MS4 Program Aims to
Minimize Pollutants in Storm Sewers
When it rains, street inlets collect surface water runoff and convey these flows through storm sewer pipes directly to the river and streams without treatment. Pollutants are picked up as runoff enters the Municipal Separate Storm Sewer System (MS4) and can cause serious water quality issues. The MS4 Program, which is required by the U.S. Environmental Protection Agency (EPA) and Indiana Department of Environmental Management (IDEM), is designed to minimize the discharge of pollutants to the storm sewer system by implementing best management practices and minimum control measures as approved in the City’s Storm Water Quality Management Plan (SWQMP). Elements of the SWQMP include: Public Education, Outreach, Participation & Involvement, Illicit Discharge Detection & Elimination (IDDE), Construction & Post-Construction Site Stormwater Runoff, and Municipal Operations Pollution Prevention & Good Housekeeping.
To report a stormwater quality issue, contact the Engineering Department.
Erosion/Sediment Control & Stormwater Pollution Prevention Plans (SWPPP)
One element of the MS4 Program is to manage the pollutants associated with Construction & Post Construction Site Stormwater Runoff. Land disturbing activities in the City of Mishawaka shall adhere to the requirements of the City’s Erosion Control Ordinance and IDEM’s Construction Stormwater General Permit (CSGP), including the approval of an Erosion and Sediment Control Plan, now referred as a Stormwater Pollution Prevention Plan (SWPPP). To initiate the review of a SWPPP, please submit a complete plan in duplicate to the Planning Department along with an Erosion Control Application.
When preparing a SWPPP, please reference and use the IDEM SWPPP Development Guidance Document. Other helpful IDEM stormwater permitting links include Construction Plan Submittal and Review, Construction / Land Disturbance Permitting and Step by Step Process for Compliance with the CSGP.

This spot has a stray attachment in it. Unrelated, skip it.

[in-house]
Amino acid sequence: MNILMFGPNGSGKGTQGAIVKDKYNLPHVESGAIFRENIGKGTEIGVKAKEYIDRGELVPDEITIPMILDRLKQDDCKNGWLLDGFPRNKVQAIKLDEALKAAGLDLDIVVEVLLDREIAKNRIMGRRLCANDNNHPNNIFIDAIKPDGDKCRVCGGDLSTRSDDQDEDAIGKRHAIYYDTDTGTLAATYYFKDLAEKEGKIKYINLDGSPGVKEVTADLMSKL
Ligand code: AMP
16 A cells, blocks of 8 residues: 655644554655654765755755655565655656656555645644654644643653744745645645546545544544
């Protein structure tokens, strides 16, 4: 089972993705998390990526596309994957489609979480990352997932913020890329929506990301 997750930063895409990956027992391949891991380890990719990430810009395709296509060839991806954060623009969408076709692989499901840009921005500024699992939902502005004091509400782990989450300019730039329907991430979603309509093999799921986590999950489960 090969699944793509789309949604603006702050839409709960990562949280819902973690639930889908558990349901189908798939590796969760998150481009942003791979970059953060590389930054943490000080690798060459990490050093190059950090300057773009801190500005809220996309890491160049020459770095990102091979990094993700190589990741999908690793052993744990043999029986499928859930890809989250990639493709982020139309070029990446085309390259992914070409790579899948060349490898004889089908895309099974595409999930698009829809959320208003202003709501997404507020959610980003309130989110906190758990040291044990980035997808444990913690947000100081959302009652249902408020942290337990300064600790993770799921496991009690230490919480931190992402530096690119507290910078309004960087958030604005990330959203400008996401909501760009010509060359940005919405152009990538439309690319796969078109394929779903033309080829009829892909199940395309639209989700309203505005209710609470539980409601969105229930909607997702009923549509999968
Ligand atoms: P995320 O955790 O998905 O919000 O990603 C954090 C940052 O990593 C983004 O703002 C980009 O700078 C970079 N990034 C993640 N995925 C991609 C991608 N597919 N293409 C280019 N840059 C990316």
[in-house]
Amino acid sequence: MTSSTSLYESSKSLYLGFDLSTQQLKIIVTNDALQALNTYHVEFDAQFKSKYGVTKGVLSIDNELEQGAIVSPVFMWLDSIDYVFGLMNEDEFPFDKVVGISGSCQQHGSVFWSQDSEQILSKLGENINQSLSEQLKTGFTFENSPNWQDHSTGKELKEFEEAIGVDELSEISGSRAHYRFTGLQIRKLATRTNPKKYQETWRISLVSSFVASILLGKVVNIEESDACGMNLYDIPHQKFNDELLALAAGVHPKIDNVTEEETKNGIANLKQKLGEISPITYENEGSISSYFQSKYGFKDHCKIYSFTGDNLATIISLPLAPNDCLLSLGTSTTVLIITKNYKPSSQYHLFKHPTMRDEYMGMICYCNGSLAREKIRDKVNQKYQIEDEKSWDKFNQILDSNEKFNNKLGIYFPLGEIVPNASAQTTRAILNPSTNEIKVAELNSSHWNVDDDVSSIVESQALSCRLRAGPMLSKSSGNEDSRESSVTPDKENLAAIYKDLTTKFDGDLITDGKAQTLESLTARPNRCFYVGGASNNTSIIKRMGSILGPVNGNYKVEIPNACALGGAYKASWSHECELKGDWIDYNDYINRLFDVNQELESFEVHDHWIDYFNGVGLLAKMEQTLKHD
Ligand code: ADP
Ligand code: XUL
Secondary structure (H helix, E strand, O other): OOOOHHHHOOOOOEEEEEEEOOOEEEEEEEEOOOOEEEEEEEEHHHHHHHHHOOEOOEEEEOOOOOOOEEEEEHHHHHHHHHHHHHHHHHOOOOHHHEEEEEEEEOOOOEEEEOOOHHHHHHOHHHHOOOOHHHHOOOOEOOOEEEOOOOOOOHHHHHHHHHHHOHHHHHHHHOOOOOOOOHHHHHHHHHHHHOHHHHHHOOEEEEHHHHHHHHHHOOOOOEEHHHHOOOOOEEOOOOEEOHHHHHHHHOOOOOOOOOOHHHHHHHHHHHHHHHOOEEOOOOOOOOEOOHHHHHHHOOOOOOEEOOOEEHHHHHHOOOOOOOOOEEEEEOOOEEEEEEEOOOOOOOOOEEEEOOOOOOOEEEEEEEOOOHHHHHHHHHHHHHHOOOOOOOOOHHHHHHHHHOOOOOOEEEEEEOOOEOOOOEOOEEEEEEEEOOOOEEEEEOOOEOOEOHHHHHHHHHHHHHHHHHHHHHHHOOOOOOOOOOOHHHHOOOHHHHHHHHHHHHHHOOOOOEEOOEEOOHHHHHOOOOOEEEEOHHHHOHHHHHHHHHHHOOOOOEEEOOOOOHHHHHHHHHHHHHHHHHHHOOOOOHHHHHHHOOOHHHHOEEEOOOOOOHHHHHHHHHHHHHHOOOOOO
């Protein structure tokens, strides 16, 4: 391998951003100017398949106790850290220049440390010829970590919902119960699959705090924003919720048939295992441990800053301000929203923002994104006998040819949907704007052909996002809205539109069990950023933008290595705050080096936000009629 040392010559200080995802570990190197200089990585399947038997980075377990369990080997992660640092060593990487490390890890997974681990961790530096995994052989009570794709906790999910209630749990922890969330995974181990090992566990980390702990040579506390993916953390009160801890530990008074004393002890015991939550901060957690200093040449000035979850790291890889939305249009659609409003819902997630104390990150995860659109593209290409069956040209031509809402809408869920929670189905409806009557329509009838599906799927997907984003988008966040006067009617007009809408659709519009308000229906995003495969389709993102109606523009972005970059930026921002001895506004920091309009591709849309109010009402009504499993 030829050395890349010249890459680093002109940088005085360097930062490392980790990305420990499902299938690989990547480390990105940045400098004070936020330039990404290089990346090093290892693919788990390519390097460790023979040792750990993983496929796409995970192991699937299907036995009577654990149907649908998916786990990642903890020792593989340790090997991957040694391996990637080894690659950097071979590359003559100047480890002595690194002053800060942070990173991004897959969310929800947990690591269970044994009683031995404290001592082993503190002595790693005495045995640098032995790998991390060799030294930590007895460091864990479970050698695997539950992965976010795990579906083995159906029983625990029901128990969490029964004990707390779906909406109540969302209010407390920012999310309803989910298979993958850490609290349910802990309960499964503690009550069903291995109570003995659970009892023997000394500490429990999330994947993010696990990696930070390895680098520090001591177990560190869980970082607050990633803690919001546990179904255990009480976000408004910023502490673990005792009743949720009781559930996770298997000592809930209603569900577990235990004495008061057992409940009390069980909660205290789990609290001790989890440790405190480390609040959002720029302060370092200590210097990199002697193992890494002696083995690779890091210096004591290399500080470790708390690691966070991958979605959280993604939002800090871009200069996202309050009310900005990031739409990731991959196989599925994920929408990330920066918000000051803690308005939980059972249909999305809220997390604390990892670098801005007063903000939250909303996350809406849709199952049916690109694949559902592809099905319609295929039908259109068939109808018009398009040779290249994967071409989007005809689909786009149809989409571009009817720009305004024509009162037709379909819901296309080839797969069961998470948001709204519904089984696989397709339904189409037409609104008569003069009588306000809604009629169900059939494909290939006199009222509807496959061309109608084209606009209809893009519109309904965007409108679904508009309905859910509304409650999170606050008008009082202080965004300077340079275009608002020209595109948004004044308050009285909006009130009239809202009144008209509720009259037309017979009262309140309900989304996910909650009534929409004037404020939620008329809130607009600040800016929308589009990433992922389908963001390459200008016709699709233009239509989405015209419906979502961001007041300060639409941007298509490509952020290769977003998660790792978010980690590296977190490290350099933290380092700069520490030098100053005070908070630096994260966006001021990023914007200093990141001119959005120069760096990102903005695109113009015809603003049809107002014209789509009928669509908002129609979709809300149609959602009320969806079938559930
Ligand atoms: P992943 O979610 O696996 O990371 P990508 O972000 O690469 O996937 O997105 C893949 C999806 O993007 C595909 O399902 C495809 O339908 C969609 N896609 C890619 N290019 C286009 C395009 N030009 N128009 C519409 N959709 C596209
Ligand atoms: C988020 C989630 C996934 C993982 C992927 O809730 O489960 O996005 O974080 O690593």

In addition to the SWPPP, a Notice of Intent (NOI) must be filed with IDEM via the IDEM Regulatory ePortal. Guidance on the ePortal use can be found at Regulatory ePortal Guidance for Construction Stormwater Online. To complete the NOI submittal process, the applicant shall attach the SWPPP Technical Review and Comment Form provided by the City of Mishawaka Engineering Department after review and approval.
For questions regarding any of the above information, contact the Engineering Department.
Sign Campaign to Raise Awareness
In conjunction with the Michiana Stormwater Partnership (MSP), the City of Mishawaka placed street signs near all major river and stream crossings within the city limits. The signs include the water body’s name, and the slogan “A Resource Worth Protecting.” The signs are intended to alert travelers of the abundant surface water bodies in the area and serve as a reminder to keep these vulnerable resources clean and free of pollutants. An example of the signs is shown to the right.
Protection under the Clean Water Act
The Clean Water Act of 1972, administered by the U.S. Environmental Protection Agency (EPA), was implemented to protect our nation’s water supply. As part of this effort, the EPA established the Municipal Separate Storm Sewer System Program, known as MS4. Both the City of Mishawaka and Bethel University have been designated as MS4 entities and must comply with the MS4 program requirements. Mishawaka and Bethel have partnered as co-permittees under the MS4 program, sharing responsibilities for program implementation.
Water Quality and the St. Joseph River
The St. Joseph River is a major waterway, with its course winding for more than 200 miles in northern Indiana and southern Michigan before emptying into Lake Michigan. Polluted runoff from urbanized areas, agriculture, and construction causes physical changes to the river’s channel. This can harm fish and wildlife populations, kill native vegetation, produce foul drinking water supplies and impair recreational uses. The MS4 Program is in place to help minimize this and improve water quality of the St. Joseph River and contributing tributary streams.